Review: Mr. Woodcock
PLOT: When celebrated self-help author John Farley returns to his hometown to accept an award, he finds his mom has found a new boyfriend. But when he finds out that the new beau is his old Junior High School coach who made his formative years miserable, he plots to tear the two apart. Much to his mother’s dismay, the two of them fight, quickly destroying his relationship with his mother as well as her ties with coach. Will they ever be able to accept that each of them makes Mom happy? Or will someone call child services on this coach before some poor kid really gets hurt? And how many sex jokes can you make about woodcock?
Mr. Woodcock! Yep, that’s a funny name. It not only contains “cock”, but “wood”… in the same word! See how funny that is? Let’s all say it together… WOODCOCK. And that is pretty much as funny as the movie gets. You see, Seann William Scott is John Farley, a self-help writer who goes home to accept an award for being famous from his hometown. When he arrives, he realizes his mom (Susan Sarandon) is dating his old gym teacher… guess what his name is? That’s right, Mr. Woodcock. And if you have had the pleasure of seeing NIGHTMARE ON ELM STREET PART 2: FREDDY’S REVENGE, then you have good idea what this coach is like. He throws basketballs at his young students, and forces a young Farley to change in front of the class, and do pull-ups in his briefs. The only thing missing was a little sadomasochistic scene with the youngsters. Oh, wait, of course he’s not having sex with his students, he’s too busy pounding Farley’s mom. Why Susan? Why did you do this?
The fun begins when he arrives in town and has to accept Woodcock as mom’s boyfriend. And thus begins an unfunny, one-note joke that focuses on him trying to break the two up. A couple of funny people are used in secondary roles including Farley’s old friend from school played by Ethan Suplee. And Amy Poehler adds a few chuckles as his power hungry, alcoholic press agent. See, it’s funny. Because he writes a book on self help and letting go of your past, but he can’t let go because he is dealing with you know who. Need I say it again… Woodcock.
This is a promising beginning, if not a tad creepy. We see this poor kid dealing with this massive a-hole of a P.E. teacher who terrorizes kids with asthma, kids that are overweight, or kids that are just afraid. This is a child’s nightmare teacher. There are moments where this works and truth be told, nobody plays roles like this better than Billy Bob Thornton. His work here is pretty great and he deserves a better movie. Let’s face it, he could sleepwalk through the part and still be terrific. But still… we’ve seen this character, or at least shades of this dude before from Mr. Thornton, and it makes it hard to feel much of anything aside from disdain for him. We soon find out that Mr. Woodcock is up for some teacher of the year award… no, this is not a joke. From what I saw, the only thing this teacher would get is a law-suit and suspension. Certainly not teacher of the year.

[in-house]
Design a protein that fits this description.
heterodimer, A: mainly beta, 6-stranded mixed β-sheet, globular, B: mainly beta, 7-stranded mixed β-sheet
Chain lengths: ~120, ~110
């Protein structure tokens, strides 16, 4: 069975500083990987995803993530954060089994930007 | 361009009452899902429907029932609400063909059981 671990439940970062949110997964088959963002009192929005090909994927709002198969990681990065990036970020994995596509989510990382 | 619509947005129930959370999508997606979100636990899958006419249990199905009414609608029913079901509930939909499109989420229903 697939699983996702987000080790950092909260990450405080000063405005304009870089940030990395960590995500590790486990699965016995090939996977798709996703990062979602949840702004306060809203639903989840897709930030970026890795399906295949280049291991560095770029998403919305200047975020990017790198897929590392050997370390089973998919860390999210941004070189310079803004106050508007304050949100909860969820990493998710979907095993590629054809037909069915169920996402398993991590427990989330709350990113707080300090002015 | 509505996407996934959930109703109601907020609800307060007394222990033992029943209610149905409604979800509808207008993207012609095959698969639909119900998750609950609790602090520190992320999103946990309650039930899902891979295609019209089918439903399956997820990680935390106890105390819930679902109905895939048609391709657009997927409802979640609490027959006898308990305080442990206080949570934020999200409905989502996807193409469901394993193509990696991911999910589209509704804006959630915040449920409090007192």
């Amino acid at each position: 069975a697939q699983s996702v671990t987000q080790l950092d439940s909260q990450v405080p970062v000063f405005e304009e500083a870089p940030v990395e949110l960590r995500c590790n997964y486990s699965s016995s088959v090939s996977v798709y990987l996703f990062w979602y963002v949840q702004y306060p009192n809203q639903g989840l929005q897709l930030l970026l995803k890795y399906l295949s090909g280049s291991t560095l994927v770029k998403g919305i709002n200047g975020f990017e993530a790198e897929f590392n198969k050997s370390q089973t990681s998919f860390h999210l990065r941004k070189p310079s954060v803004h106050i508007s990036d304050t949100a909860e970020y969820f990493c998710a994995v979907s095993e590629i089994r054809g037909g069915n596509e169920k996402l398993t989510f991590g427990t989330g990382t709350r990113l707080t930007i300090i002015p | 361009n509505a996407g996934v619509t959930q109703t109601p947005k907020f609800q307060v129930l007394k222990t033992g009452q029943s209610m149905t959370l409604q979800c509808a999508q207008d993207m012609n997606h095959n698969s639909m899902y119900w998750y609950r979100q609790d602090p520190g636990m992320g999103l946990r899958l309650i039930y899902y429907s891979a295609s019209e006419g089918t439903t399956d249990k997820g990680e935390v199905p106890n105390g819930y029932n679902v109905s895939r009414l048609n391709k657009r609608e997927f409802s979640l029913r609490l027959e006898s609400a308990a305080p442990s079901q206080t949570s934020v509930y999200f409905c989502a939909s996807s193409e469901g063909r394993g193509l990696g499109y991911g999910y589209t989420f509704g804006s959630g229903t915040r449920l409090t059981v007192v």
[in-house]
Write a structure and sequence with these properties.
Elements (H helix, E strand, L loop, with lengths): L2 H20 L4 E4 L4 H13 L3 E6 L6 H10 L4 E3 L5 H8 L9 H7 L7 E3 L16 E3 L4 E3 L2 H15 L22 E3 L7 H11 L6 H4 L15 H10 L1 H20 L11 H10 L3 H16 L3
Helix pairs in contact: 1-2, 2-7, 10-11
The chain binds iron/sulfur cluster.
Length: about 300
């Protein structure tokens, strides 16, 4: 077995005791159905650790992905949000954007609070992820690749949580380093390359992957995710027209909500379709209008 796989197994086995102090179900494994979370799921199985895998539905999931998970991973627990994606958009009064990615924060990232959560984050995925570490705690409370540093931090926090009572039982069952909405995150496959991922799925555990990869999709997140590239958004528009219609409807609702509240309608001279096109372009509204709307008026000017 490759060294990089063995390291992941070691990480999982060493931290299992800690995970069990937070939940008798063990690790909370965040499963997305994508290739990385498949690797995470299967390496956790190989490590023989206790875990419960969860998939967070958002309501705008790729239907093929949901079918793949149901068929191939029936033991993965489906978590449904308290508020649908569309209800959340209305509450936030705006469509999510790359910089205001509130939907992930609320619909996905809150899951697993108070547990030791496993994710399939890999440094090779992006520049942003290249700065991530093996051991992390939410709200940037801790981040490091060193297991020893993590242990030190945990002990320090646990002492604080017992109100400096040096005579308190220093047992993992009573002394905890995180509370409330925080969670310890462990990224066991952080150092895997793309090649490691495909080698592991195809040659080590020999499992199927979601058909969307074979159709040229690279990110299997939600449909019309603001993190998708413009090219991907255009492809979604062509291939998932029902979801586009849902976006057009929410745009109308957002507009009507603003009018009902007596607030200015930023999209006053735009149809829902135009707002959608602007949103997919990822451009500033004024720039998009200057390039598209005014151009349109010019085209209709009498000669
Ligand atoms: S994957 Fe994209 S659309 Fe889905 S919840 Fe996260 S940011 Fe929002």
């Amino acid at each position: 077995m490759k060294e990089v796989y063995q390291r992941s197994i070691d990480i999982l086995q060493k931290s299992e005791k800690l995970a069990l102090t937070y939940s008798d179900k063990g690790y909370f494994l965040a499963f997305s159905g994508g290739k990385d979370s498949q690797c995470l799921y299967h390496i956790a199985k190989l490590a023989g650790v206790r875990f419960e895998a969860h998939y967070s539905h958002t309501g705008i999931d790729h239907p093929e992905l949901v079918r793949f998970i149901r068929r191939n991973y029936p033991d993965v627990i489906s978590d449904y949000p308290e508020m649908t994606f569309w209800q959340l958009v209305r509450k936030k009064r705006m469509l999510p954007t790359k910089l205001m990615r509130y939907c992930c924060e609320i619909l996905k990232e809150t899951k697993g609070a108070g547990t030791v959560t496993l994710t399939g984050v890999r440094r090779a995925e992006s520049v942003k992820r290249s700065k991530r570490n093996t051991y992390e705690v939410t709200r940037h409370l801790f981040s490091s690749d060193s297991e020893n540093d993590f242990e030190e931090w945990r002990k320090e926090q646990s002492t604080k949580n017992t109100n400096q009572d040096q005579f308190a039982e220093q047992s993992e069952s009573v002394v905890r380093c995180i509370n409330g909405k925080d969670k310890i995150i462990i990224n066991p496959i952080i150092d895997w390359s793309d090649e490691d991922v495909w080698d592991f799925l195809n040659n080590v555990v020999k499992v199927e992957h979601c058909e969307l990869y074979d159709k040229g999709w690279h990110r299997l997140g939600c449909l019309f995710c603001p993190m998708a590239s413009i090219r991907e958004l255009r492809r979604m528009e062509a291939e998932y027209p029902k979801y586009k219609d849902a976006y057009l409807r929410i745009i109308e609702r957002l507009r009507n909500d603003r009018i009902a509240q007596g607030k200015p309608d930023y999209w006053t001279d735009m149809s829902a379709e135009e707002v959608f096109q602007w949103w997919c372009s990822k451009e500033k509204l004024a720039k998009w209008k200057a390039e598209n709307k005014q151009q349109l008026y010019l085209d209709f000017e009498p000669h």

As for the self help guru, Seann William Scott plays the straight laced John Farley much too comedic. It seems his “letting go of your past” persona quickly dissolves into a revenge obsessed, psycho-stalker that wants to save his mom from the woodcock. I like Mr. Scott, I think he is always quite funny, but here, it seems he was trying too hard. His overactive expressions and his way too outrageous breakdowns are not at all funny. In fact, when he hears all the voices in his head, he borders on being a sociopath. I didn’t believe for one second that this guy wrote a self help book. The role of Farley would have been stronger if it had been played by a less manic actor.
I also found myself often wondering why Susan Sarandon did this film. She a very funny actress if given the chance (see BULL DURHAM) and she is also good here. And in a sense, she did offer up the few times that I felt something in the film. When she finds herself hurt and angry at her son and boyfriend, she dresses for a parade which she is supposed to represent Ms. Whatever town this is. You see, along time ago she was voted beauty queen or something for this little Midwest town. When she comes down in her dress, looking like she had been transplanted back in time, she wears her sadness well, without trying too hard. How I would have loved to see her in this role in another film, possibly a good one.
Director Craig Gillespie isn’t really the only one to blame here. He directs with a sure hand but it feels much too generic. It shifts from comedy to drama without feeling any of the human emotion involved with either. It feels much too bland and would have fit nicely on ABC Family minus some of the vulgarities. The problem also lies with the script by Michael Carnes and Josh Gilbert who also fail to generate any real dialogue from the situation. Yet they did lend a few funny moments that the actors give their all too. And Amy Poelher was really able to tackle some of that making for some of the few laugh out loud moments. But a couple of chuckles aside, Mr. Woodcock is a flat, non-funny comedy with a lot of talent that deserves better. I seem to remember a time in school when you could grade your teacher. If I had Mr. Woodcock… he wouldn’t get any better than a D, and that‘s being generous. My rating 3/10 -- JimmyO